John Thurston, who in 2010 became the first Republican to be elected as Arkansas’s State Land Commissioner since it became an elective office in 1874, told members of the Rotary Club of Arkadelphia recently why he chose to go into public service. Having served 13 years as a staff member of the Agape Church in West Little Rock, “I was interested in politics,” Thurston said, “and believed that public service should be geared toward serving others.”
Primarily, he said, “what we do for you is that we disposition tax-delinquent property. After a parcel is delinquent at the county level for two years, it is certified by that county and sent to our office. Then for another two years, we do title searches, send out regular mail and certified mail in an effort to get the taxes paid.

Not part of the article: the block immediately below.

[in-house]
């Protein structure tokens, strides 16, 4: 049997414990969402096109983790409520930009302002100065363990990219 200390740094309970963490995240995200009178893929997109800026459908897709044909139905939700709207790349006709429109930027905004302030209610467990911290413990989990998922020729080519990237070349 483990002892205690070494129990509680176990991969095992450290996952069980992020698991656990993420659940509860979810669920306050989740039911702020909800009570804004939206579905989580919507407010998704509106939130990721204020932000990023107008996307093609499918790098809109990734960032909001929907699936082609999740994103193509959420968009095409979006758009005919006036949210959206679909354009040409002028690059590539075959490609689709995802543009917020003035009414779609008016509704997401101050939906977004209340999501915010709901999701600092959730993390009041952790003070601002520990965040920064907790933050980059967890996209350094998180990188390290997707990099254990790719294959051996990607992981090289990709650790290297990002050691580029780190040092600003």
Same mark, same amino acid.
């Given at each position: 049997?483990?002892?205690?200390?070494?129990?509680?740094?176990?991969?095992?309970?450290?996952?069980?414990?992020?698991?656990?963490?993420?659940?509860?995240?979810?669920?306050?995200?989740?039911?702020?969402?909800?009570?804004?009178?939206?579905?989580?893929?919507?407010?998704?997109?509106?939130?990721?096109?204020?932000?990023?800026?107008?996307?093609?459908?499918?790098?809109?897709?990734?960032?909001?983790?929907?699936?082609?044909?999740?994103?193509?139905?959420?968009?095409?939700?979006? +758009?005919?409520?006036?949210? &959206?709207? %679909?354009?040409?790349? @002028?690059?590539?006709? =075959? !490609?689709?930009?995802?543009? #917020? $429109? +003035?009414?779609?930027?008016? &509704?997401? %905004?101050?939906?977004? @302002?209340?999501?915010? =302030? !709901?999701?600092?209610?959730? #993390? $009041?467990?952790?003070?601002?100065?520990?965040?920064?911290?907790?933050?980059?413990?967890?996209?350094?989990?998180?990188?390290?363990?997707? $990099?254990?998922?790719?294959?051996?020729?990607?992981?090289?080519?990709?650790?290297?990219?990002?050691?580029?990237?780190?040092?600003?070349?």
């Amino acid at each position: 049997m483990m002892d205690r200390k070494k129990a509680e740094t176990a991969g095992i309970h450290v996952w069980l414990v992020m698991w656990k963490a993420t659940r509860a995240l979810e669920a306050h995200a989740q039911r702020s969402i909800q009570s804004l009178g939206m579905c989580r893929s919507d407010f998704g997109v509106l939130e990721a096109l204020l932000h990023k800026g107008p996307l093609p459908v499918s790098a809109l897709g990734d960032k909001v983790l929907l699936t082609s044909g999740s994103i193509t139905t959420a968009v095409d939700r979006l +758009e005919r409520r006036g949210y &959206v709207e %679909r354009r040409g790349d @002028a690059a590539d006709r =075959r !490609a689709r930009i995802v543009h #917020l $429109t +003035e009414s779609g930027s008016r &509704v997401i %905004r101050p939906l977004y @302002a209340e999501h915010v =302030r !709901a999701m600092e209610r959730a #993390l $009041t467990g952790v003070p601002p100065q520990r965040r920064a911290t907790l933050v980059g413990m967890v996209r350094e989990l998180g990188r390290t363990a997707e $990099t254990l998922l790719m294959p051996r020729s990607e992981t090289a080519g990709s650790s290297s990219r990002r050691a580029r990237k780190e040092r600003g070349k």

“If we still fail to get the taxes paid, it goes to public auctions, one per county per year.” In fact, he said, the public auction of 43 parcels for Clark County will be held in the District Court Room at 1 p.m. Thursday, May 23. ”
To give the Rotarians an idea of the increase in parcel numbers in Arkansas, Thurston said that in 2011 there were 15,000 parcels being “researched” for sale. In 2012, there were 24,000 parcels. This year we have right at 50,000 parcels on our books right now. The volume has increased dramatically. Thanks to technology and cross training, we’re okay. And with things being as they are, this is no time to ask for money to hire new people.”
In 2012, Thurston said “we sent back $21 million to Arkansas, most of it to schools. Last year, Clark County received just under $63,000. The original owner gets to collect the proceeds or it goes back to the county, Our goal is not to sell property, but if the tax gets to four and a half or five years delinquent, that’s what we are mandated to do.That’s why we are trying to make it easier on those who are interested in those properties.”